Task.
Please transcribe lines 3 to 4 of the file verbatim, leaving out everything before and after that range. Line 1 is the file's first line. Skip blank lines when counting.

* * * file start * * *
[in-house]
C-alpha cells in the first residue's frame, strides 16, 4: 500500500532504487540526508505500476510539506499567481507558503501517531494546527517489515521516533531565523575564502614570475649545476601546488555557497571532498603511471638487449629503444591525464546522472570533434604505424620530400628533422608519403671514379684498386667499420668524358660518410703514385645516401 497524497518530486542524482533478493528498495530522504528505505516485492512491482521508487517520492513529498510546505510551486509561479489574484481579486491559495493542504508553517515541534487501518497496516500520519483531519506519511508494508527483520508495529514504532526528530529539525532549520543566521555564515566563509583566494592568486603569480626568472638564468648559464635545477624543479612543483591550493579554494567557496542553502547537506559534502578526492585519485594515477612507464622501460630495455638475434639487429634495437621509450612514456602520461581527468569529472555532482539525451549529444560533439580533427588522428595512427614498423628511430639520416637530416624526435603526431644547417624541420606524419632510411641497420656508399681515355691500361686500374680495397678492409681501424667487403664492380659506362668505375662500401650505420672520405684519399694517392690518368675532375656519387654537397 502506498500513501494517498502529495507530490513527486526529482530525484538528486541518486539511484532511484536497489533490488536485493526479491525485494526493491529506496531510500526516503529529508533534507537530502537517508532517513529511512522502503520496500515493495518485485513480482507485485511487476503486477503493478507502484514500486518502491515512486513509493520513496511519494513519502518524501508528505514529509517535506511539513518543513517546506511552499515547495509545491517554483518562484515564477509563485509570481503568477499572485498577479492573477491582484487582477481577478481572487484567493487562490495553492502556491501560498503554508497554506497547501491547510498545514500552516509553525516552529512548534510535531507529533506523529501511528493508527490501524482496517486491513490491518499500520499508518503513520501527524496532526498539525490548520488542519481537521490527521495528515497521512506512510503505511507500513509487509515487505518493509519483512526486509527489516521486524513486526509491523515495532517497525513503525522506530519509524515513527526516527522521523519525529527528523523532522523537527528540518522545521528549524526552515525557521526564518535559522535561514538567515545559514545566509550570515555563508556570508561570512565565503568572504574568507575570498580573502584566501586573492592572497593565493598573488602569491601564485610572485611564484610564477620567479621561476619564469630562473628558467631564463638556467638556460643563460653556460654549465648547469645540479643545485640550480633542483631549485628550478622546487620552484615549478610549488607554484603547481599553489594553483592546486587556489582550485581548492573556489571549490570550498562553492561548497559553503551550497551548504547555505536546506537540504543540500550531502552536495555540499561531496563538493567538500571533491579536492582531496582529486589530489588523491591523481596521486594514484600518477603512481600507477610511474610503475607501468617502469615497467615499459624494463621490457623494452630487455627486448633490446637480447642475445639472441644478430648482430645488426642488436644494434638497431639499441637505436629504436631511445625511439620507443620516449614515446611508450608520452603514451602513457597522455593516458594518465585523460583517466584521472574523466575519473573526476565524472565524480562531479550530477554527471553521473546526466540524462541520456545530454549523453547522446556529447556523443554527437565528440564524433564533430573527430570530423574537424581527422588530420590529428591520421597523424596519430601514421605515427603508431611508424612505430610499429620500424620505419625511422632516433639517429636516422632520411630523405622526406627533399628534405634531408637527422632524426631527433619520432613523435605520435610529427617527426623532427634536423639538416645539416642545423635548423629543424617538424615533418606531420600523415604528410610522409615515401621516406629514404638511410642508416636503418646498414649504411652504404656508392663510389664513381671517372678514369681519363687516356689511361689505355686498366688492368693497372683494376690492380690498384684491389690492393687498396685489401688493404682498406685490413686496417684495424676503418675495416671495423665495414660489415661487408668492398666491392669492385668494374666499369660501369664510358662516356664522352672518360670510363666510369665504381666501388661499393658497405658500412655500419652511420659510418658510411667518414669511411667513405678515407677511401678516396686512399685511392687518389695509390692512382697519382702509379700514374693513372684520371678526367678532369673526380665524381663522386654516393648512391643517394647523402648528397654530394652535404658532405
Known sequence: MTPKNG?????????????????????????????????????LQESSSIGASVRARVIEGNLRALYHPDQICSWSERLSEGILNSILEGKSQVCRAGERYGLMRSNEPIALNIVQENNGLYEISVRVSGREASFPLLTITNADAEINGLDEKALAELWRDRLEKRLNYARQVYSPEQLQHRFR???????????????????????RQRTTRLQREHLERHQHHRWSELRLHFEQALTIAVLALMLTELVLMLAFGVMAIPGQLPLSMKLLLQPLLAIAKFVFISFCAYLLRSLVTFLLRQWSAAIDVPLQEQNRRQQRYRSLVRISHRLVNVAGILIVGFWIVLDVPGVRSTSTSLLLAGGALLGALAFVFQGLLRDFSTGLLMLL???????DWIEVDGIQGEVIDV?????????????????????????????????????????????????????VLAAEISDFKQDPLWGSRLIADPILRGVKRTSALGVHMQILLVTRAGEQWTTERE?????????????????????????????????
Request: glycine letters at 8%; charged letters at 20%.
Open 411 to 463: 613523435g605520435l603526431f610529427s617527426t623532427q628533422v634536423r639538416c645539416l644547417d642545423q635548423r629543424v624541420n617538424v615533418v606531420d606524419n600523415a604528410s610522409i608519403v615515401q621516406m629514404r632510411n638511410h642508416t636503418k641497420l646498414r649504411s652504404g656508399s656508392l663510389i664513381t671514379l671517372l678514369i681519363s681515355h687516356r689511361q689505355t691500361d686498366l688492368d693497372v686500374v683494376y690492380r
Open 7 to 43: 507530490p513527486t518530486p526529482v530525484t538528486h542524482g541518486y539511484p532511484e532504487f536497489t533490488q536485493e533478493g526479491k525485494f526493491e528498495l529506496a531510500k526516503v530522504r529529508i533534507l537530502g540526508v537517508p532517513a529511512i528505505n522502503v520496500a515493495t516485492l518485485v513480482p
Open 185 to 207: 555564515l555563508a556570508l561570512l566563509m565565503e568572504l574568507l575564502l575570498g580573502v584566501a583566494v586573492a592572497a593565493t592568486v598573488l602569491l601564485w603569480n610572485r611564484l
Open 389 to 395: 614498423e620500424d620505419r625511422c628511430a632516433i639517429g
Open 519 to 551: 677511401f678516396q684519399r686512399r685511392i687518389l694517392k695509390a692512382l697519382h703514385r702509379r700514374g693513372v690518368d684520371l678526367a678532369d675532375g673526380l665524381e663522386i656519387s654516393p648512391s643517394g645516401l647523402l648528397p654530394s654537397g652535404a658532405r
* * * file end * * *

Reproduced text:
Known sequence: MTPKNG?????????????????????????????????????LQESSSIGASVRARVIEGNLRALYHPDQICSWSERLSEGILNSILEGKSQVCRAGERYGLMRSNEPIALNIVQENNGLYEISVRVSGREASFPLLTITNADAEINGLDEKALAELWRDRLEKRLNYARQVYSPEQLQHRFR???????????????????????RQRTTRLQREHLERHQHHRWSELRLHFEQALTIAVLALMLTELVLMLAFGVMAIPGQLPLSMKLLLQPLLAIAKFVFISFCAYLLRSLVTFLLRQWSAAIDVPLQEQNRRQQRYRSLVRISHRLVNVAGILIVGFWIVLDVPGVRSTSTSLLLAGGALLGALAFVFQGLLRDFSTGLLMLL???????DWIEVDGIQGEVIDV?????????????????????????????????????????????????????VLAAEISDFKQDPLWGSRLIADPILRGVKRTSALGVHMQILLVTRAGEQWTTERE?????????????????????????????????
Request: glycine letters at 8%; charged letters at 20%.